The Mental Stress of Service

“The far darker side is the mental effects. For all intents and purposes, you will feel more alone than you have ever been, felt, or dreamt of being in your entire life. Sure, you will be a ‘member of your community,’ insofar as a 20-something foreigner with a very limited knowledge of their language and even less understanding of their cultural norms can integrate into a community which is physically and emotionally homogeneous. Let me say again: You Will Cry. You will cry, you will want to curl up in your empty bed and scream for the ‘simple’ things in life. You will want somebody to hold you, to just wrap their arms around you and pull you into them. There will be days when you feel like you are empty inside, there will be days when you feel like going nuclear and destroying anything you can get your hands on, including your neighbors, students, colleagues, and yourself.”

–Shawn (http://shawngrund.blogspot.com/2011/05/dark-side-of-peace-corps.html)

I’m starting to find that having a host family was a way to force us as volunteers into a routine.  In the week since I got my own place, my routine has broken down in a few places.  On top of that, I no longer have a reason to bottle up my emotions.  This weeks has had some of the highest highs and the lowest lows of my service thus far.  It’s hard to predict what will happen tomorrow–or this evening–and that makes everything either really entertaining or really annoying.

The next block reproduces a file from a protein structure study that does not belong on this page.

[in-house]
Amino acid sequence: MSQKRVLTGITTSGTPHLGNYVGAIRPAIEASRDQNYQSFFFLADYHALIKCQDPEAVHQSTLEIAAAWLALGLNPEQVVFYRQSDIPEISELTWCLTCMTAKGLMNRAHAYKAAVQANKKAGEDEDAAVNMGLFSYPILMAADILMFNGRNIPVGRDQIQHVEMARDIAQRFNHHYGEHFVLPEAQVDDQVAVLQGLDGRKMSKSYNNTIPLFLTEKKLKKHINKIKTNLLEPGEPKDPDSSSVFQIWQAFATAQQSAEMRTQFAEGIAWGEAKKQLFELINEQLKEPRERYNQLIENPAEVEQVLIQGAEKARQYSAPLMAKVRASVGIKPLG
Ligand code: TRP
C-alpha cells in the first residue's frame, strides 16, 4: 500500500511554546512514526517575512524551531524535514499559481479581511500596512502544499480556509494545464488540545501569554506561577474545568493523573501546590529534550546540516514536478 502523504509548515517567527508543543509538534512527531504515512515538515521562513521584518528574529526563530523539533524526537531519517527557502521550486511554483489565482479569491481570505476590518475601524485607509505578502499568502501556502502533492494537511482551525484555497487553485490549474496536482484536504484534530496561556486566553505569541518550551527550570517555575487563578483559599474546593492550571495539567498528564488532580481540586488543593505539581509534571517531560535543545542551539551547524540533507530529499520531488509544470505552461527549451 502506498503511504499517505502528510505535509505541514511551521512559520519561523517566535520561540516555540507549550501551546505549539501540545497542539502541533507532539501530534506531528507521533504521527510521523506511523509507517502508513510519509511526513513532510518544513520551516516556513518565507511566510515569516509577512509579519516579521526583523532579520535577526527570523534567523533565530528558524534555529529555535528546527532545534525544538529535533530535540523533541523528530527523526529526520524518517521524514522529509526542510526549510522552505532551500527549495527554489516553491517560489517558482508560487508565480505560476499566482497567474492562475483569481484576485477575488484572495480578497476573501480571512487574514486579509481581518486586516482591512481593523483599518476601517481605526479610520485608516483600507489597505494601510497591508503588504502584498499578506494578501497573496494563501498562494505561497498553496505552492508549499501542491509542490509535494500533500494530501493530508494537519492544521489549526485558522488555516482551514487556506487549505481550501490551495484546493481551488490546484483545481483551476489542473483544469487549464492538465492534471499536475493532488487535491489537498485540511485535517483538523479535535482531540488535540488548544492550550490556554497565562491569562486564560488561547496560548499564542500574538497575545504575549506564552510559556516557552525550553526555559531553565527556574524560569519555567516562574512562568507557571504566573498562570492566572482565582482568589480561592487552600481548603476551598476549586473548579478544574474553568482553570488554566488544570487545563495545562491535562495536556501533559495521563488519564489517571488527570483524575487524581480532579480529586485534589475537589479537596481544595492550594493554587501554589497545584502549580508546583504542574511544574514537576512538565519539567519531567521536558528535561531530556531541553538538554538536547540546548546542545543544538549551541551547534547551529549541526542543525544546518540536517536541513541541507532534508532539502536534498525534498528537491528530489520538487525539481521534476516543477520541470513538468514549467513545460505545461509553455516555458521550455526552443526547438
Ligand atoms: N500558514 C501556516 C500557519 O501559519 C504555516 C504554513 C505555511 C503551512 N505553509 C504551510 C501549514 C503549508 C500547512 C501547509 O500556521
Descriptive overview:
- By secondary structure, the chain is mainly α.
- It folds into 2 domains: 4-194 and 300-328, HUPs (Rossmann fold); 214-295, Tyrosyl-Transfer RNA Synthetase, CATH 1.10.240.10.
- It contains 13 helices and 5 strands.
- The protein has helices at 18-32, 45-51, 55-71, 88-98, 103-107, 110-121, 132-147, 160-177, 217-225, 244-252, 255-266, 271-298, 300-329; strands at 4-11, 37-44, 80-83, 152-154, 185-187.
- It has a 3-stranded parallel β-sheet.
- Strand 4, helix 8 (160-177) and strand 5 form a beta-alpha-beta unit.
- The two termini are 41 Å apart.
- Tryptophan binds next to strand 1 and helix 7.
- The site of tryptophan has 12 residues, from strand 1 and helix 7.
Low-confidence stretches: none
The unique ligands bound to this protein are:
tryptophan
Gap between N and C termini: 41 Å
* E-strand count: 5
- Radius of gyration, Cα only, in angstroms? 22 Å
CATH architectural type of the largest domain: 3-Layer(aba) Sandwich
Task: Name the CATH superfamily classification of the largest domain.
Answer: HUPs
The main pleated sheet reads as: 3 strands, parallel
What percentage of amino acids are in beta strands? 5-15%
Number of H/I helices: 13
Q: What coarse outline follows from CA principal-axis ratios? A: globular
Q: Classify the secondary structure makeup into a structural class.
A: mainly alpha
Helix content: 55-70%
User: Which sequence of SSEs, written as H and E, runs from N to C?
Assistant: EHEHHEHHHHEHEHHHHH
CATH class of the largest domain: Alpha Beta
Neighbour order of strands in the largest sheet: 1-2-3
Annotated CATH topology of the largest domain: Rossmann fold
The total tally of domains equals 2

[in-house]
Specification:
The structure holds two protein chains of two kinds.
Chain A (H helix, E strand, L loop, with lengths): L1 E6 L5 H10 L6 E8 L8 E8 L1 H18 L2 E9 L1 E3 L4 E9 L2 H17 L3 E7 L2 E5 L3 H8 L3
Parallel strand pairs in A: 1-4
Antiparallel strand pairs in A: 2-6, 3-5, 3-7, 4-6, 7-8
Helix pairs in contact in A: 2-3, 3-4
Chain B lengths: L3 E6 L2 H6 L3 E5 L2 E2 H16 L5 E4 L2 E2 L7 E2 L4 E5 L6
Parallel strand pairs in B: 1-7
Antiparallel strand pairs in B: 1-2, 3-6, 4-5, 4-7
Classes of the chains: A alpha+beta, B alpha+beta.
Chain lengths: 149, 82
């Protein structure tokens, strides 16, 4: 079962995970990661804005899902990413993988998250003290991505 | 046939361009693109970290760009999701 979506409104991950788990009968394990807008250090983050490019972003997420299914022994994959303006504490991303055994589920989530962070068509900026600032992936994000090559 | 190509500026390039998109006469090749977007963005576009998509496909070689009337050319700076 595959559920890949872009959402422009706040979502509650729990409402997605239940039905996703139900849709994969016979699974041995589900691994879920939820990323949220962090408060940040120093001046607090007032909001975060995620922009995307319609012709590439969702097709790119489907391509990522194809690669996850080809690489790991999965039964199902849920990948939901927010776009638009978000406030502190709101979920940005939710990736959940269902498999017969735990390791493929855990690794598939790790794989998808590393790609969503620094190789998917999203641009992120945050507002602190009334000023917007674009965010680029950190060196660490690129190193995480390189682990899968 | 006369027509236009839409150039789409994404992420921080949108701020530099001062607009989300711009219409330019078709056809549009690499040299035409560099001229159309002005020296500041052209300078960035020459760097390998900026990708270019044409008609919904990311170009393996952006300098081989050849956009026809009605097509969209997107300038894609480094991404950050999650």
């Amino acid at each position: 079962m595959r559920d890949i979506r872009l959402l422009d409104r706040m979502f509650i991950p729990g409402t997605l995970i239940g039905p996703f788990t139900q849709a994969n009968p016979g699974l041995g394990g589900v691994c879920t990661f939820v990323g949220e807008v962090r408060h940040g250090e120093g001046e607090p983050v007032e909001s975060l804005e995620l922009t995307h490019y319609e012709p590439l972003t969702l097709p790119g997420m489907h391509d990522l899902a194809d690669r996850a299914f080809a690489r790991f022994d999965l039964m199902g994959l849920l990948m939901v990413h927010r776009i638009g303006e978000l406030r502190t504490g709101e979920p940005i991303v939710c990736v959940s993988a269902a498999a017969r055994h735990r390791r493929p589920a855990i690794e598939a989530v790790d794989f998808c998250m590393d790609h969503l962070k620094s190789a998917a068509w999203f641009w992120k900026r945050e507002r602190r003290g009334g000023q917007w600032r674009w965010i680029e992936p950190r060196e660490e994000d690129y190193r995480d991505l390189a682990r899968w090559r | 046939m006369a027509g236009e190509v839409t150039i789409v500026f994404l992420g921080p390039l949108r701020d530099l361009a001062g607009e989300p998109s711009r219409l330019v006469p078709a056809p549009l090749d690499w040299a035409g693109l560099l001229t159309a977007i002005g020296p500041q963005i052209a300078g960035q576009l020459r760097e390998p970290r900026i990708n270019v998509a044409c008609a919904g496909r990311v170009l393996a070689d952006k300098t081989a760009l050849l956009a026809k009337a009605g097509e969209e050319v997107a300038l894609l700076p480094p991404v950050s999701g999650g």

Like yesterday.  I had a difficult day in class and was supposed to follow it up with a second class.  As I walked to my Youth Center, however, I realized that would not be the case.  Instead, there were two armed guards at the two entrances   The governor for the region was inside, giving a speech to the educators of the regions.  I waited in an office nearby and ended up meeting with several of the educators afterwards.  Take my word for it: every day takes a severe turn from what you expected.  This is why all former volunteers tell you not to have any expectations.

The lonely part is terrifying.  I can visualize my best case scenario and worst case scenario back home….and I wouldn’t be as lonely as I am here.  I have friends nearby, yes, but my daily life is in this town.  This town where I don’t honestly understand 95% of what is being said.  Where I’m having trouble starting my work.  Where social interaction is important and it’s hard to be included if you are an outsider.  It’s all very frustrating.  In the end, I force myself to do things everyday.  Leave my apartment at least twice a day–at least one of those times should be long.  I force myself to buy something–something small so I have some interactions.

The thing is–it’s okay from there.  All you have to do is go out.  People who know you, want to talk to you.  People who don’t know you stare, and sometimes try to talk to you (in French .   But it gets you out of your head.  That’s the most important thing.  This has been a difficult week–and I think it will only get harder.  And better at the same time.  Only time will tell.

More Work to Come

I am exhausted.  I’m starting to reconstruct this website the way it should have been all along.  It’s starting to look much better.  I can’t wait until I start getting certain parts done to show off to all my followers.  By the way, we just hit 90 WordPress followers today!